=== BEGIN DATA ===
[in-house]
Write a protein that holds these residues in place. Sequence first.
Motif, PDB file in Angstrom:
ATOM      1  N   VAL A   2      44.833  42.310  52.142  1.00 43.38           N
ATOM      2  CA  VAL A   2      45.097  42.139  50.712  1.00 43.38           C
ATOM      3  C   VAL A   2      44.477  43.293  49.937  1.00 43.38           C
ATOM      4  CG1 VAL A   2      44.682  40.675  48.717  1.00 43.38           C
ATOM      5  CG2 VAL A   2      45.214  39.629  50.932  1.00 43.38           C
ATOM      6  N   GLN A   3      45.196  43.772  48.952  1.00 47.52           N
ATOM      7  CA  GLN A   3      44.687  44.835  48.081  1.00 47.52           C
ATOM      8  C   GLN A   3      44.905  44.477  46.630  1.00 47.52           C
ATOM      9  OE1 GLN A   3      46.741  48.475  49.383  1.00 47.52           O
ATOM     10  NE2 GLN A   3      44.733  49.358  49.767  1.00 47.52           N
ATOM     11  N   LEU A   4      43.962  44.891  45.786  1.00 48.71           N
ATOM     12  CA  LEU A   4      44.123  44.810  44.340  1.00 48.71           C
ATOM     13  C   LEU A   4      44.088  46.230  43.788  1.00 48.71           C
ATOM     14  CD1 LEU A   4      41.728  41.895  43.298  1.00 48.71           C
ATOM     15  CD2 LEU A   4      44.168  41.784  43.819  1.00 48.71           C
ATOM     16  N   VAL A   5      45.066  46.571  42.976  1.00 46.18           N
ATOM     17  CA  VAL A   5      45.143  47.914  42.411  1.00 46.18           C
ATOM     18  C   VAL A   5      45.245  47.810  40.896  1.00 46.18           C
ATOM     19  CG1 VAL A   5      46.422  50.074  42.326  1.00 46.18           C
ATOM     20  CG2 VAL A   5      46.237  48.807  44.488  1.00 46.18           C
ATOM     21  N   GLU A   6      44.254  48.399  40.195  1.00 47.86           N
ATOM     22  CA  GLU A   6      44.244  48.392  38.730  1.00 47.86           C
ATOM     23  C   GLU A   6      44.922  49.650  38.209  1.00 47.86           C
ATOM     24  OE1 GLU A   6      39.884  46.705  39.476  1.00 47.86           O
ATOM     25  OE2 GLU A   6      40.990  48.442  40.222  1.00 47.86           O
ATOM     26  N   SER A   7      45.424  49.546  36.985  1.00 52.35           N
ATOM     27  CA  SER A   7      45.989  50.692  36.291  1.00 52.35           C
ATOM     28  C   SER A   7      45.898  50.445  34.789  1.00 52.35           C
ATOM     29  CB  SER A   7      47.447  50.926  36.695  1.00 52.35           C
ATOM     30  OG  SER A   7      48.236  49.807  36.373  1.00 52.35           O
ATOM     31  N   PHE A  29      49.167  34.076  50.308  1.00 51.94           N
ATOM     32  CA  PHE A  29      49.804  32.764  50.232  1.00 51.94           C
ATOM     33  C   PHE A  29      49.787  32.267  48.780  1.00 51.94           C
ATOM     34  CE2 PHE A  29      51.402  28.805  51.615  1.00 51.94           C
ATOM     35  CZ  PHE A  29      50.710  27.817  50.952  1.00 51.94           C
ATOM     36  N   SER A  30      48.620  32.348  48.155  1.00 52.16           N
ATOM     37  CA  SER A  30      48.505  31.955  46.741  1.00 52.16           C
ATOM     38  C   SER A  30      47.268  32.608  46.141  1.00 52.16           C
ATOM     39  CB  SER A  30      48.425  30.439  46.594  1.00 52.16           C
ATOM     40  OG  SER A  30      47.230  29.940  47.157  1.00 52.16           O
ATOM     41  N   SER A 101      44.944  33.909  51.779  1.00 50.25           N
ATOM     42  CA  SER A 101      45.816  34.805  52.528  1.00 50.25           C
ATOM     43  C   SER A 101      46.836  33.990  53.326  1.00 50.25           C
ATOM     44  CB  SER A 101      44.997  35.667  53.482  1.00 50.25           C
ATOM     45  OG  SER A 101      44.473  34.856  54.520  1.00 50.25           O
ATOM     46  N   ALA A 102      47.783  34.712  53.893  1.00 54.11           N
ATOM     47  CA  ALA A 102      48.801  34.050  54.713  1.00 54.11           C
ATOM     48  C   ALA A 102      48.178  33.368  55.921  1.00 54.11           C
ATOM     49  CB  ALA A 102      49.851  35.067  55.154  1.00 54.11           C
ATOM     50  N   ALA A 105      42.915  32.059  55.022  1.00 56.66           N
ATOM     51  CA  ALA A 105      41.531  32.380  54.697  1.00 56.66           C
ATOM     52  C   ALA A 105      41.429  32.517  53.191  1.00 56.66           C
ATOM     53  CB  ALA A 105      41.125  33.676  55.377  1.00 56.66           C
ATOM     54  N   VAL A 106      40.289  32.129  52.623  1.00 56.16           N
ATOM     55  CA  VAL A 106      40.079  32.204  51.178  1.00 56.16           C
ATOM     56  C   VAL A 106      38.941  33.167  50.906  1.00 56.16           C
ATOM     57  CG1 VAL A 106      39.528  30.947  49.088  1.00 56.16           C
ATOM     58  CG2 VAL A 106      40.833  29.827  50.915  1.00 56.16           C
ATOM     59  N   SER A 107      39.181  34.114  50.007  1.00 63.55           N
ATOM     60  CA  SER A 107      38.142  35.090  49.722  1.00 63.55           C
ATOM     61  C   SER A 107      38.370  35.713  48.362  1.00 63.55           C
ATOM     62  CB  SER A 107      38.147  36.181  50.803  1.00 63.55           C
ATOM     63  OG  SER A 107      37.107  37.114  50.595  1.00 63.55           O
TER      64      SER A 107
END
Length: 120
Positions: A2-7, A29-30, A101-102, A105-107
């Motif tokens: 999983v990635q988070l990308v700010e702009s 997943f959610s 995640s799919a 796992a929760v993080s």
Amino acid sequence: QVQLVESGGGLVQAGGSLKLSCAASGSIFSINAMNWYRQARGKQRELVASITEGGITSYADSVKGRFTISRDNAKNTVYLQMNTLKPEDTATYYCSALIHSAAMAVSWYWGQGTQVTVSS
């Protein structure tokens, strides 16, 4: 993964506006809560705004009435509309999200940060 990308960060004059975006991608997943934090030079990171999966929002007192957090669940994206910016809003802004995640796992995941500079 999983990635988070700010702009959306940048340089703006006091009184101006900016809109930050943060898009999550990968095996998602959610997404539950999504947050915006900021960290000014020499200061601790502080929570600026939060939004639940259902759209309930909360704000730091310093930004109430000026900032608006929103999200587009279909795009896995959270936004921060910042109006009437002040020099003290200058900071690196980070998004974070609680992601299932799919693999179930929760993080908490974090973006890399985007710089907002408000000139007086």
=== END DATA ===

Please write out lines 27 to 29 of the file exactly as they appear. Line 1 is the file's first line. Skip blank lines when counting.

ATOM     24  OE1 GLU A   6      39.884  46.705  39.476  1.00 47.86           O
ATOM     25  OE2 GLU A   6      40.990  48.442  40.222  1.00 47.86           O
ATOM     26  N   SER A   7      45.424  49.546  36.985  1.00 52.35           N